Pastor Calls for Reconciliation, Not Marginalization

Post a Comment » Written on October 31st, 2008     
Filed under: News
MINNEAPOLIS, MN (October 31, 2008) – If Christians are to be instruments of God’s peace, they need to reject media that profit from promoting division, says Efrem Smith, pastor of Sanctuary Covenant Church.

Smith advocates not listening to certain radio and television talk show hosts he describes as “shock jocks” who he says “are getting paid millions of dollars to draw great chasms in the sand.”

Efrem SmithPrograms of that ilk are contrary to the call of the gospel, Smith says with impassioned emphasis. “The church needs to be a prophetic voice of reconciliation.”

Smith helped organize a conference held last week in Minneapolis to promote reconciliation, and he has spoken nationally on the issue.

Too much of the media has categorized, marginalized, and demonized people of all races and economic status, he says. He cites the current financial crisis is an example.

“People in the banking industry are being painted as criminals,” Smith says. Meanwhile bankers who attend Sanctuary – as well as others who are friends and did not engage in unethical practices – are painted with the same brush. “For sure, they’re struggling.”

People who are suffering financial difficulties and especially foreclosures also have been marginalized through stereotyping, Smith adds.

“In June and July we had more benevolence requests than in the first five months combined,” Smith says. “The majority of these people were college-educated individuals and families.”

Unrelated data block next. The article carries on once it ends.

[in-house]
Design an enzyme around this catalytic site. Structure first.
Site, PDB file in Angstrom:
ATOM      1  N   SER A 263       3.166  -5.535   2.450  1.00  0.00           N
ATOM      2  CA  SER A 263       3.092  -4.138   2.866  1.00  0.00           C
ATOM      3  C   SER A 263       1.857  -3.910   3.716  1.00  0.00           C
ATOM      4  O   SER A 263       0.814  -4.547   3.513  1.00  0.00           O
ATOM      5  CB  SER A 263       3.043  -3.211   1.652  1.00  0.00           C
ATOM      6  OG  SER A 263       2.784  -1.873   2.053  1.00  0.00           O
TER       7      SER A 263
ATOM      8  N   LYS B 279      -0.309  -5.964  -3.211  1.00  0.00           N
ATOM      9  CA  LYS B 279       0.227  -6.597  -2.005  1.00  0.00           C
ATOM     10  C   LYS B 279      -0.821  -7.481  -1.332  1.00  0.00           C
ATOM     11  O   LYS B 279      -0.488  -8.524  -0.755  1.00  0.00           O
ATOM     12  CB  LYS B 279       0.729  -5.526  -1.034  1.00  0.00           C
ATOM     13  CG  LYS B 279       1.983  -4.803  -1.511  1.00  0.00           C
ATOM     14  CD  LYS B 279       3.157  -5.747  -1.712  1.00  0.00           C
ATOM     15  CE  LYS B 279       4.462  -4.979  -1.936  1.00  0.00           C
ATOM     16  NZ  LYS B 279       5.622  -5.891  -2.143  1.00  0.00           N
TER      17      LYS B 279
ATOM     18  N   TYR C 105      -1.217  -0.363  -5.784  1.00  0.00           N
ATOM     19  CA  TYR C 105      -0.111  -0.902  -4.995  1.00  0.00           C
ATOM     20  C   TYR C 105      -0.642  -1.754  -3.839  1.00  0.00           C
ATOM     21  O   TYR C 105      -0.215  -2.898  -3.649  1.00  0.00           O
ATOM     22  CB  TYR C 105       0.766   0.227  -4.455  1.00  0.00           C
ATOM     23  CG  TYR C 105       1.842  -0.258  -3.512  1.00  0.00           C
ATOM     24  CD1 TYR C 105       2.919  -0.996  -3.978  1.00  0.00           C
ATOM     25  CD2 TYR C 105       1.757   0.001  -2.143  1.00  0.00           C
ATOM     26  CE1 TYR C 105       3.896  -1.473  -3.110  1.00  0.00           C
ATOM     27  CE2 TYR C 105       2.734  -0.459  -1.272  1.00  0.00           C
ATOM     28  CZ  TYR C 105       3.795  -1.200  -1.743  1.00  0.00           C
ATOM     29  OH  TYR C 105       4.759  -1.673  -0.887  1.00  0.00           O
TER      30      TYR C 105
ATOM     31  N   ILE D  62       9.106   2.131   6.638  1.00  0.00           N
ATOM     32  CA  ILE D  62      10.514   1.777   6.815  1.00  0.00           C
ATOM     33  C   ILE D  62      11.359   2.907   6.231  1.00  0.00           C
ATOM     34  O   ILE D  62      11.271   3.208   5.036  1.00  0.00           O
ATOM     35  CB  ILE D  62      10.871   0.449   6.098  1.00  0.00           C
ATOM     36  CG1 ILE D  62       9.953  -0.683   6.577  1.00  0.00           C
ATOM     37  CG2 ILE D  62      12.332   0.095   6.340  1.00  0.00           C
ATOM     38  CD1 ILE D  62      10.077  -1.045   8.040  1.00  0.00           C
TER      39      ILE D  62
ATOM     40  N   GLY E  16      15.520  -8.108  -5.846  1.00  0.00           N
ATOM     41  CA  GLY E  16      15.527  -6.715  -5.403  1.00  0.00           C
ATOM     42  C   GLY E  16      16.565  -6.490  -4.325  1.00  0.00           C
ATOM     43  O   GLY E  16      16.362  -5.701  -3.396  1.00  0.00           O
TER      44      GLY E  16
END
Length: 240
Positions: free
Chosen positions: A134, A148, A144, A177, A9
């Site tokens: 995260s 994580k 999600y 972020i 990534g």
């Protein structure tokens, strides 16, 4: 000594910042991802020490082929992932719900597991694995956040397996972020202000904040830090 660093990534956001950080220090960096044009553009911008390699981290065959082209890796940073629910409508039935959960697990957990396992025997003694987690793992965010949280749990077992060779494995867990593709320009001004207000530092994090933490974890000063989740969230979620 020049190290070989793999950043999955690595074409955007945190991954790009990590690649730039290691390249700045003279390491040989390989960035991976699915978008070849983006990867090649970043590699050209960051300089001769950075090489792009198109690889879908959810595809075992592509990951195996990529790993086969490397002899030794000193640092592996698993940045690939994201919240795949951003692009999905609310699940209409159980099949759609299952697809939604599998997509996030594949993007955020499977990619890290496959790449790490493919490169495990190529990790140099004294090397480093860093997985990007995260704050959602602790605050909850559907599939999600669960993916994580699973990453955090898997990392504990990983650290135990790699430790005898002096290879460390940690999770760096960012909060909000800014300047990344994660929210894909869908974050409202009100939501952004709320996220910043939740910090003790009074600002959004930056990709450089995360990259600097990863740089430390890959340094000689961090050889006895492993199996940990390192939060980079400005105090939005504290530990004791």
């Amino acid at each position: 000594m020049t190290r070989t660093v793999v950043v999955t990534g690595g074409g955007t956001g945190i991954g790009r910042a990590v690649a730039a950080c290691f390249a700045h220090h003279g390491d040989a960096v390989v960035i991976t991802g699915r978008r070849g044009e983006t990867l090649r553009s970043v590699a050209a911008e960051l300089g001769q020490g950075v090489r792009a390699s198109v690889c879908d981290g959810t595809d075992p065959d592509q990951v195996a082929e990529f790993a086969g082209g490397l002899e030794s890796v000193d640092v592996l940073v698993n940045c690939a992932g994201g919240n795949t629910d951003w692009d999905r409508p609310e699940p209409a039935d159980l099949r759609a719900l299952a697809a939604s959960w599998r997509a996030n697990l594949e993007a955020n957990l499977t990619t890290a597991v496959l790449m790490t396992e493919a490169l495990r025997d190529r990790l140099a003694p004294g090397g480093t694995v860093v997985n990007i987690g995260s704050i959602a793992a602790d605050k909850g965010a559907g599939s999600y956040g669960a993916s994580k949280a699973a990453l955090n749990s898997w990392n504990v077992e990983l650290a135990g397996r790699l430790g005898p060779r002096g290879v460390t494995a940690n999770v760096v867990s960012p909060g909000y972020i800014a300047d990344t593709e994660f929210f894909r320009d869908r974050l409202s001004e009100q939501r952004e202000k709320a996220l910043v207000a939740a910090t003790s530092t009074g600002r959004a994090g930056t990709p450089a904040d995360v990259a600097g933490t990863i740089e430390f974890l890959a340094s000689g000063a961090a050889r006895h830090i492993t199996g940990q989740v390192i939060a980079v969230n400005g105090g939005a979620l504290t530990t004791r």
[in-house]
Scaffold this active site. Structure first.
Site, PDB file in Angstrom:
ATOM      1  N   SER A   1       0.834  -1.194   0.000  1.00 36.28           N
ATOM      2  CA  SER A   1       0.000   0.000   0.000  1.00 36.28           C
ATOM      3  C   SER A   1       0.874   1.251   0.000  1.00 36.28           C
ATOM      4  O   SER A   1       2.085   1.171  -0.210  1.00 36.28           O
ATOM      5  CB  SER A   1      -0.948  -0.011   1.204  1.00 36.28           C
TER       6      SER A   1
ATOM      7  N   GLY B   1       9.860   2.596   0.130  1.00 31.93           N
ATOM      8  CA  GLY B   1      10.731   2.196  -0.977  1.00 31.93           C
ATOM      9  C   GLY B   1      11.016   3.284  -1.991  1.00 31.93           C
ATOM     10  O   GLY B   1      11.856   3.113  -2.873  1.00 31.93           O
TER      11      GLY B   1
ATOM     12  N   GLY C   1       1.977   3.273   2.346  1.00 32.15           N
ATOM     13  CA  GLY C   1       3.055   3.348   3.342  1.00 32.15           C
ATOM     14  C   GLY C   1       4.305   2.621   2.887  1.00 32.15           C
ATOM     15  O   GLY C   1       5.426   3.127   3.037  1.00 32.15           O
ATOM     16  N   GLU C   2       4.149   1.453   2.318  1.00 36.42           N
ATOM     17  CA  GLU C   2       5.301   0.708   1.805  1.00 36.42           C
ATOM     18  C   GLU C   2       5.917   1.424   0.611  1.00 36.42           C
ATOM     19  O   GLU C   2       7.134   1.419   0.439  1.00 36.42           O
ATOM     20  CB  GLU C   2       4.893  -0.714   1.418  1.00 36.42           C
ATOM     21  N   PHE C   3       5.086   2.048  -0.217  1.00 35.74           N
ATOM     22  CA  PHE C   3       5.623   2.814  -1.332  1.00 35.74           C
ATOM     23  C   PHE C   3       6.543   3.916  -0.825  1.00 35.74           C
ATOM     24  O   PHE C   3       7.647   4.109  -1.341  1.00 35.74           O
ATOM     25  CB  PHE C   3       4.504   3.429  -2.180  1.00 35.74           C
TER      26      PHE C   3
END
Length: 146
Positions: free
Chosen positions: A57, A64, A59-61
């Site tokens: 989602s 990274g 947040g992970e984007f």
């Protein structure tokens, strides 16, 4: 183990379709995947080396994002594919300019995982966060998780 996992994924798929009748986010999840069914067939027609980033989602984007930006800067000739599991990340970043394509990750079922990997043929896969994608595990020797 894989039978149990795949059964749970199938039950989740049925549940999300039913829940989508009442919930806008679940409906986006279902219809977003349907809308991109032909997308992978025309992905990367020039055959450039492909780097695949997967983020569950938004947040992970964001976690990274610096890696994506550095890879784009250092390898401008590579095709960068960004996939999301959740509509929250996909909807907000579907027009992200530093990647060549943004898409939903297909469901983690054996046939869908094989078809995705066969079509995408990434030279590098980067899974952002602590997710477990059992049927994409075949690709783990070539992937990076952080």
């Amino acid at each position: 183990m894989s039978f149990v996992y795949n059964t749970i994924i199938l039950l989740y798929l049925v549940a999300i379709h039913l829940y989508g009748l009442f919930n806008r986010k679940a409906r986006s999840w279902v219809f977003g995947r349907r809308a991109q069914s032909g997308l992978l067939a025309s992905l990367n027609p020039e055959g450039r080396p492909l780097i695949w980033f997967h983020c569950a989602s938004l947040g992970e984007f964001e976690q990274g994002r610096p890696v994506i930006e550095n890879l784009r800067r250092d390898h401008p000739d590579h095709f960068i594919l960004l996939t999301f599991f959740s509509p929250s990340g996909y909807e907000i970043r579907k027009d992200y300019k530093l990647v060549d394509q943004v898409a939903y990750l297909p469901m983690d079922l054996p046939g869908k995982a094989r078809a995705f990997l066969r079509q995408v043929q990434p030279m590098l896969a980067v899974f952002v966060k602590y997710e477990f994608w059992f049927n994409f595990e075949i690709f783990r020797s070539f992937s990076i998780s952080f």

The financial difficulties generally were not caused by their greed or foolishness, he says. Instead, they lost their jobs when workplaces closed or businesses trimmed their number of employees.

“People have to be careful not to stereotype people who come to them,” Smith says.

The financial pain felt by people in his congregation has led to changes at Sanctuary.
“It caused us to think more seriously about how we care for people in our church,” Smith says.

That process led them to alter the way they celebrate communion. Emphasizing the sacrifice of Christ, the church now asks members to bring an offering for the benevolence fund when they come to the table.

Since then, giving to the fund has increased, Smith says. “It’s expanded the number of people we can help.”

Smith says that may not be the best response for every church, but adds, “All churches are going to have to figure out new ways of caring for people who are hurting.”

Christians can consider those changes when they’re not listening to politically motivated rhetoric, Smith says.

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